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Comment: Re:Short story: See to what Linus responds (Score 1) 641

by imroy (#46664785) Attached to: Linus Torvalds Suspends Key Linux Developer

Linus made this argument in a different forum yesterday (paraphrasing from memory): "Look, something has to be authoratitive when it comes to parameters. On a linux system, that's the kernel". Which is aribitrary, but not without merit.

No. This is the kernel command line we're talking about, after all. Its original intent is to be used to send options and information to the kernel and, by extension, kernel modules. The fact that user-space programs can read /proc/cmdline and get options passed in from the bootloader (e.g different menu entries) is frankly a hack. The least any user-space programmer should do is make sure their chosen strings don't clash with already-existing parameters. Re-using the "debug" flag is inappropriate, even if it didn't flood dmesg and hang the system.


Linus Torvalds Admits He's Been Asked To Insert Backdoor Into Linux 576

Posted by samzenpus
from the getting-in dept.
darthcamaro writes "At the Linuxcon conference in New Orleans today, Linus Torvalds joined fellow kernel developers in answering a barrage of questions about Linux development. One question he was asked was whether a government agency had ever asked about inserting a back-door into Linux. Torvalds responded 'no' while shaking his head 'yes,' as the audience broke into spontaneous laughter. Torvalds also admitted that while he as a full life outside of Linux he couldn't imagine his life without it. 'I don't see any project coming along being more interesting to me than Linux,' Torvalds said. 'I couldn't imagine filling the void in my life if I didn't have Linux.'"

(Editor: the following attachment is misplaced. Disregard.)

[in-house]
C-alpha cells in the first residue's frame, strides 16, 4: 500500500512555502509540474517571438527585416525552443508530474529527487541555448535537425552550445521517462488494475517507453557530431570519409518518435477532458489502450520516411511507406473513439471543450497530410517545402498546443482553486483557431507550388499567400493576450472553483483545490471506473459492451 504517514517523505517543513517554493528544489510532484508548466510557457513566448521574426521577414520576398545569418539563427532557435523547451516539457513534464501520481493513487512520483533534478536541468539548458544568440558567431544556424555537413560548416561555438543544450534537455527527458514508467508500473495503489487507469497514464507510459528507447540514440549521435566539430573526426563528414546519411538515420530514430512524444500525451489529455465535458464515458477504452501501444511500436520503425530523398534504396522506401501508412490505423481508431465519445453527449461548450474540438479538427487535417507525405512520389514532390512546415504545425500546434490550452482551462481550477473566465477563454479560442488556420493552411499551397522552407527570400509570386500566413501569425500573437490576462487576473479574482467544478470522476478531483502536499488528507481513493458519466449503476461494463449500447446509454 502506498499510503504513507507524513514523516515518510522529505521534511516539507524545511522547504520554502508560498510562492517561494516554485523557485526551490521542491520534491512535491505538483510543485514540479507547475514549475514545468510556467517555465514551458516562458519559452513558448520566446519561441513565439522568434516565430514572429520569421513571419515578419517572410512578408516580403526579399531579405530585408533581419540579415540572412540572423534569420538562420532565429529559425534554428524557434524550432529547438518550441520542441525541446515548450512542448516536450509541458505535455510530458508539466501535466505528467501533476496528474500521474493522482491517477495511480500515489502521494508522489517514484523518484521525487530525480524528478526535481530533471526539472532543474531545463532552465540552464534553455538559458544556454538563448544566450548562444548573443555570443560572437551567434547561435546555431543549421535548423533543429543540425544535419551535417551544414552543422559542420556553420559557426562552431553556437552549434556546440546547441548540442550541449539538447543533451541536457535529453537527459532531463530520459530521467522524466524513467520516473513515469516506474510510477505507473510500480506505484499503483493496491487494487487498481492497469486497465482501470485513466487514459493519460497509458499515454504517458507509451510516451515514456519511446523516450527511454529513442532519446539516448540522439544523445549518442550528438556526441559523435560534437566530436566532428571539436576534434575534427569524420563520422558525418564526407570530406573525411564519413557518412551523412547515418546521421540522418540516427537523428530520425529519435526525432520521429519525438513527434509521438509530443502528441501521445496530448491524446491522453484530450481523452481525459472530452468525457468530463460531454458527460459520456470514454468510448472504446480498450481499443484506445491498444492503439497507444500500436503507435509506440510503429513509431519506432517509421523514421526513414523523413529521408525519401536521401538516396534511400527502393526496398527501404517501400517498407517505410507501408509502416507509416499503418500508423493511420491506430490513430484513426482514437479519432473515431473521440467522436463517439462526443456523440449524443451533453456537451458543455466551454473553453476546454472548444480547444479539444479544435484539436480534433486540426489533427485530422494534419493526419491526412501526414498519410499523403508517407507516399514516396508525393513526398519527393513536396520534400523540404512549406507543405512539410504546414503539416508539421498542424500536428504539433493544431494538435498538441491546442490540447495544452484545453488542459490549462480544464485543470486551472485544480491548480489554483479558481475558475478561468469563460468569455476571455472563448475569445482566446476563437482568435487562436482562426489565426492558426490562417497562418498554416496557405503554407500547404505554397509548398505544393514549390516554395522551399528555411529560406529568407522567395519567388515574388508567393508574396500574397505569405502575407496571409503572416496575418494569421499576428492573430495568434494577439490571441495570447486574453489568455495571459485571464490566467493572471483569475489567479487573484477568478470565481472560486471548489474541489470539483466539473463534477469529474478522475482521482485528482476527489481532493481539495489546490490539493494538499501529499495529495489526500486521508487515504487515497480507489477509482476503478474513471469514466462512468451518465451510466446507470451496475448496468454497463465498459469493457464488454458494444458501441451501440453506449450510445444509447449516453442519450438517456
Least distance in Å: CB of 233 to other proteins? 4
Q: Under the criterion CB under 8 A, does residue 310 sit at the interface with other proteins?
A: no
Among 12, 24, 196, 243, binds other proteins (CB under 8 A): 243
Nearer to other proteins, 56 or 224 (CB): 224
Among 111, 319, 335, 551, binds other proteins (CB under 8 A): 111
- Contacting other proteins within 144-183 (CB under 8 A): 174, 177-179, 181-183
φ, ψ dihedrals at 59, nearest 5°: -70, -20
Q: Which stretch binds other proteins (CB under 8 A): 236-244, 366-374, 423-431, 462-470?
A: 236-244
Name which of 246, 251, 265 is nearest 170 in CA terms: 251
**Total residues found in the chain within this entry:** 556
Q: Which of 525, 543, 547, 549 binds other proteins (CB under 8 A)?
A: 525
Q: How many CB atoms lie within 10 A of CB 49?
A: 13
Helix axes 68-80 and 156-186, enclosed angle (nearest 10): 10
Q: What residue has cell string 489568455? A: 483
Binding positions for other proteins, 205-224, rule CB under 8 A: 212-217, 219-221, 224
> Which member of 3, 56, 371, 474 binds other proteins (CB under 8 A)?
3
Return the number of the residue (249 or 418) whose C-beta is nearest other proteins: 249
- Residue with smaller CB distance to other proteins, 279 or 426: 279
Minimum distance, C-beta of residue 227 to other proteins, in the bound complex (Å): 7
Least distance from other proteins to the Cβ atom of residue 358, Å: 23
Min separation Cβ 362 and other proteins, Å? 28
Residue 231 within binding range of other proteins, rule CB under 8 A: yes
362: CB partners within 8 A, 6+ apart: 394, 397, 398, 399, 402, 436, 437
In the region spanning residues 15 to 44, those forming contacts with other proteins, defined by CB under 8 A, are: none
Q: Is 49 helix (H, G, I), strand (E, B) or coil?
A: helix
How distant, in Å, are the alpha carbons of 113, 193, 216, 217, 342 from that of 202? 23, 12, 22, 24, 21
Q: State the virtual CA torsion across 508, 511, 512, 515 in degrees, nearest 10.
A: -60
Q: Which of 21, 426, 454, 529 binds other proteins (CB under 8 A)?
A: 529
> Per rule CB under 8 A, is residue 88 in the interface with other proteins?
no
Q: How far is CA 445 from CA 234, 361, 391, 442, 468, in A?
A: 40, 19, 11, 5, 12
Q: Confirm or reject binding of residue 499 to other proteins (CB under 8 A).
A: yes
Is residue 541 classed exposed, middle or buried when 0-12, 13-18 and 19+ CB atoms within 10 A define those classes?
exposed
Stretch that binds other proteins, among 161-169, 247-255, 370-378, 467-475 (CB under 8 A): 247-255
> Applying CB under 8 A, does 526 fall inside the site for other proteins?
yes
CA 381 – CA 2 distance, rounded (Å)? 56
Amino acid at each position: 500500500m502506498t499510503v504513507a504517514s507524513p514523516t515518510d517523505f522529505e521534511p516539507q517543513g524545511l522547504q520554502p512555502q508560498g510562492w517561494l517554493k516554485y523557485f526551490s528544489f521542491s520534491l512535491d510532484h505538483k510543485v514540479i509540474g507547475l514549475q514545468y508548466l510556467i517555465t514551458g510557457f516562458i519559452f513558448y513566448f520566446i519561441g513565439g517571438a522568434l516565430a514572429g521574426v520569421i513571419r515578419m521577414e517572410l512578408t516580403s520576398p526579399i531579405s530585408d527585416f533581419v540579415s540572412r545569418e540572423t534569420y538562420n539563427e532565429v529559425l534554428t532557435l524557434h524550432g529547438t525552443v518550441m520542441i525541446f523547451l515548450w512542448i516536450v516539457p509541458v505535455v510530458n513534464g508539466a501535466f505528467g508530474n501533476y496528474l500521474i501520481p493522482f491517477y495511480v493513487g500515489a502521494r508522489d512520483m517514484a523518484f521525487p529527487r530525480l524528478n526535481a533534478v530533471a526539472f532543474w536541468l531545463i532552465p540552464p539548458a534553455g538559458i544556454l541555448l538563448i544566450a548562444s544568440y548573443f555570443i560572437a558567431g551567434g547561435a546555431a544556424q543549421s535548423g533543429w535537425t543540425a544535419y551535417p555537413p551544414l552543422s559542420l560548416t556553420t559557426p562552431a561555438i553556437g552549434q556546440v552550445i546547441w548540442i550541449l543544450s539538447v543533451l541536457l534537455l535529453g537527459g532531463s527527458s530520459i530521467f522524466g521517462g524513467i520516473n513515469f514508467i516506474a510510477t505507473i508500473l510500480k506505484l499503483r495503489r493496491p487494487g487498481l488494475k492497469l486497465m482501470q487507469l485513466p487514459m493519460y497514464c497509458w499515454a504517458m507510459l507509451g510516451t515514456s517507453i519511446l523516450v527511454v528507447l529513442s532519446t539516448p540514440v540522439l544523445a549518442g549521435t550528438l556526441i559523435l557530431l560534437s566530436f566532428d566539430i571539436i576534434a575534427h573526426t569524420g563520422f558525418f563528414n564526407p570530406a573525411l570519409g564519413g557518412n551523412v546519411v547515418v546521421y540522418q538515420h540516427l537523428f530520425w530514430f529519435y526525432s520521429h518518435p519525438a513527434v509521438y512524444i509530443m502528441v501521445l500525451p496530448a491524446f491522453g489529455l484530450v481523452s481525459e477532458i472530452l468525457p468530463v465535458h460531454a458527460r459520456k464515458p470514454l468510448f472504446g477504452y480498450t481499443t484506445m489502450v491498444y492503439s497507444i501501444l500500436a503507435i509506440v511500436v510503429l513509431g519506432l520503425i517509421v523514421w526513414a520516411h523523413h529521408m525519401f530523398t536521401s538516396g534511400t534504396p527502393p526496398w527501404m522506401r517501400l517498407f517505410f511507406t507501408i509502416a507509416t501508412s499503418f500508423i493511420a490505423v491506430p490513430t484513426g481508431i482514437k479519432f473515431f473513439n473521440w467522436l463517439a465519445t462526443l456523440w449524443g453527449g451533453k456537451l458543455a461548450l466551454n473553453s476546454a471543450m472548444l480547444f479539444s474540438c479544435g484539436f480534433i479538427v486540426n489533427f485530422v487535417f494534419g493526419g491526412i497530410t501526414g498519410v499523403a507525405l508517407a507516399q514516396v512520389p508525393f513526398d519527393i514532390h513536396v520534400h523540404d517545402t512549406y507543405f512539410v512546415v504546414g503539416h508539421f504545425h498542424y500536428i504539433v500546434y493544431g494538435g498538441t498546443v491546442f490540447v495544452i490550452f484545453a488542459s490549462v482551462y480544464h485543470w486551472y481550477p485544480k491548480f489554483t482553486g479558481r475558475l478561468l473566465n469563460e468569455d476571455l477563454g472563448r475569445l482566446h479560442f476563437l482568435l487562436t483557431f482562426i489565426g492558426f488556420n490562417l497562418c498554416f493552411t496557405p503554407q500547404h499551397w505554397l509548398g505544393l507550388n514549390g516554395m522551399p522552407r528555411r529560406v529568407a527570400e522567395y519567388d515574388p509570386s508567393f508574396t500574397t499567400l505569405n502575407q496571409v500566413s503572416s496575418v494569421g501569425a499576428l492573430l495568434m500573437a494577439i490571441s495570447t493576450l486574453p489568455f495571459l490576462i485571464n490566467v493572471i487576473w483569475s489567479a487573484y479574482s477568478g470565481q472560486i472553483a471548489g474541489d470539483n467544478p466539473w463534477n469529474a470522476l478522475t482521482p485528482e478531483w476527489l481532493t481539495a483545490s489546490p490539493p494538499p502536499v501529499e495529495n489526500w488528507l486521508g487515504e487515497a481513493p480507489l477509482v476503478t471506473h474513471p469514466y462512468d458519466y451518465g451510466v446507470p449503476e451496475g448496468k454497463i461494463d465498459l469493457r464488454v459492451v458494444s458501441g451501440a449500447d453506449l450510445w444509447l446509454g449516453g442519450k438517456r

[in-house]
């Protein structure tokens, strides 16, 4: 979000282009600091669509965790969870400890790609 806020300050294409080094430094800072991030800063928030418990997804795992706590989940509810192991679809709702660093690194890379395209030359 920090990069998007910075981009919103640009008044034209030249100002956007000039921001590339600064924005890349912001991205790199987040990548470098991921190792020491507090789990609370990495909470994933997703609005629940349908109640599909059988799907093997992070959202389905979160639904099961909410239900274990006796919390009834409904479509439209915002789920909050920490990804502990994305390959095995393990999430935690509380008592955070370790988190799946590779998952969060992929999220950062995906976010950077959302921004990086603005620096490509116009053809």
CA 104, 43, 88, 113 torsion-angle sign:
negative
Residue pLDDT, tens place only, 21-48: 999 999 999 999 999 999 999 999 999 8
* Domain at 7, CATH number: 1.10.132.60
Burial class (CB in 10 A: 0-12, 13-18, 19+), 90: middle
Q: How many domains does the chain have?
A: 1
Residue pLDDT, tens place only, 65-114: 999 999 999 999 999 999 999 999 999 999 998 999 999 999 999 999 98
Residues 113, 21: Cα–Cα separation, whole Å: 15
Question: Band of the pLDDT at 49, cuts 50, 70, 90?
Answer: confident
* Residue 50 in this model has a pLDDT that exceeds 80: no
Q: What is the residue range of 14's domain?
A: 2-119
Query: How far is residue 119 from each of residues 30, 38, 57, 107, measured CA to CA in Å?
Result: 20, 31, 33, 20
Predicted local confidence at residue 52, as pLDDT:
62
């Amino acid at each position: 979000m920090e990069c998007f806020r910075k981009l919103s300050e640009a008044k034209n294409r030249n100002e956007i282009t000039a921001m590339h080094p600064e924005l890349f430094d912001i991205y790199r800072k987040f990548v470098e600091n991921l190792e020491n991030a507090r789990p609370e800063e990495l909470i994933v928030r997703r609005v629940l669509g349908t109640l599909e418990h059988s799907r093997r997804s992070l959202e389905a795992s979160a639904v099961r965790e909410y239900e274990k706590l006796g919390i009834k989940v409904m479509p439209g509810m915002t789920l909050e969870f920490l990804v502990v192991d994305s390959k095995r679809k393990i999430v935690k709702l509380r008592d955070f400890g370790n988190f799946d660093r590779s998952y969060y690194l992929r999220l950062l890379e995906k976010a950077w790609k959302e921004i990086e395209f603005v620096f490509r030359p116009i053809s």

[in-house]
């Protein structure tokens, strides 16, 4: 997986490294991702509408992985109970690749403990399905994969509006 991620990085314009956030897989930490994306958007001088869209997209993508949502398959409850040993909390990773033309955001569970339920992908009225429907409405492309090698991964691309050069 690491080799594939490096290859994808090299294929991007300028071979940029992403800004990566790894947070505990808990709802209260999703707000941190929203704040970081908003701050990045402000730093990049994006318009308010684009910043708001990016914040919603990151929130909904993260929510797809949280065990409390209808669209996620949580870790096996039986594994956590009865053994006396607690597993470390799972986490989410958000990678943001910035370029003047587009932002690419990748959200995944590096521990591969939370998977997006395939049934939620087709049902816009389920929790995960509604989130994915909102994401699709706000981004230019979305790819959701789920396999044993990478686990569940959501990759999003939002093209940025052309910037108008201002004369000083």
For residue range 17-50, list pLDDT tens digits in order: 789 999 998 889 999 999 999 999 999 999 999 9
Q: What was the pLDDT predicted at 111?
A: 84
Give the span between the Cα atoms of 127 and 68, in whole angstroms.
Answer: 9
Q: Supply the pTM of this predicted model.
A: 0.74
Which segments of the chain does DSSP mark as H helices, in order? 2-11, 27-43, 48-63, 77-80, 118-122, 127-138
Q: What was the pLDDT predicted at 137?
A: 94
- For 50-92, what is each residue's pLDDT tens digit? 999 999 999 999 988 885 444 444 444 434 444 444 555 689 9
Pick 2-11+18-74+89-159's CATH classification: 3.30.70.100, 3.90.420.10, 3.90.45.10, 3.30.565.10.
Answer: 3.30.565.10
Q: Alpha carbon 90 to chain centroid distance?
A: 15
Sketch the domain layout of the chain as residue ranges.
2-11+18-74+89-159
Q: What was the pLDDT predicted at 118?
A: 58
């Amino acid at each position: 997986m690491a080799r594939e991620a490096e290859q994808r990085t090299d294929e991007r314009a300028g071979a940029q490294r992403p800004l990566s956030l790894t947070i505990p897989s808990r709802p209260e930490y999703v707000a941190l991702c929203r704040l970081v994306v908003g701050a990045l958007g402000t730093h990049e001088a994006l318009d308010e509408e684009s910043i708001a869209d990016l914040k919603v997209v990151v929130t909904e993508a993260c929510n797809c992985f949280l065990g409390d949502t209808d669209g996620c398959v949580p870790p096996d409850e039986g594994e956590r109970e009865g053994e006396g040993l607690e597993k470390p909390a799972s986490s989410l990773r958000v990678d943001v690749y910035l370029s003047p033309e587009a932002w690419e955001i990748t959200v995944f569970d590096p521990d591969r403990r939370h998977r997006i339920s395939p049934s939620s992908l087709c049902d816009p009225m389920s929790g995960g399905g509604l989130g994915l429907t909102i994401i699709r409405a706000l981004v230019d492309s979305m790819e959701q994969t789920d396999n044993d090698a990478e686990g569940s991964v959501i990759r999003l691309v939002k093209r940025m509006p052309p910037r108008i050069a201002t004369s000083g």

Comment: Re:No updates in 6 years? (Score 5, Informative) 197

by imroy (#43970235) Attached to: FLAC Gets First Update In 6 Years

It consists of an inherently lossy encoding in the frequency domain (like MP3) plus an encoding of the difference between the lossily encoded audio and the original.

While a few other lossless formats do this (mostly for backward-compatibility), FLAC does not convert the audio into the frequency domain. It either uses a polynomial or linear function:

Comment: Re:try hardkernel stuff instead (Score 2) 142

by imroy (#43524047) Attached to: BeagleBone Black Released With 1GHz Cortex-A8 For Only $45
Those hardkernel boards sure are interesting but lack the GPIO of these boards. I think a better comparison is to the Cubieboard. It also has a 1 GHz Cortex-A8 with lots of GPIO pins, but has 1 GB of RAM, 4 GB of flash and a SATA port. It's also a bit more expensive, but I'm pretty sure TI has been subsidising the Beagle boards.

Comment: Re:ARM is not RISC and x86-64 is not CISC (Score 4, Interesting) 403

by imroy (#41353579) Attached to: The Linux-Proof Processor That Nobody Wants
The ARM ISA may seem "complex" when you describe it like you have, but each instruction is still a fixed size, they all follow one of only a limited number of formats (R-type, etc), and memory is only accessed by load/store instructions. That's why many prefer the term "load/store architecture". Anyway, these things really help to simplify your instruction decoder stage and keep memory accesses simple. These in turn make it easier to implement things like pipelines, out-of-order execution, branch prediction, etc. And that's only the stuff that has been implemented in ARM so far. I wonder how long until ARM develops a core with more advanced features, like register renaming and specularitive execution, and how it will perform then compared to x86 (which already has these things).

Center meeting at 4pm in 2C-543.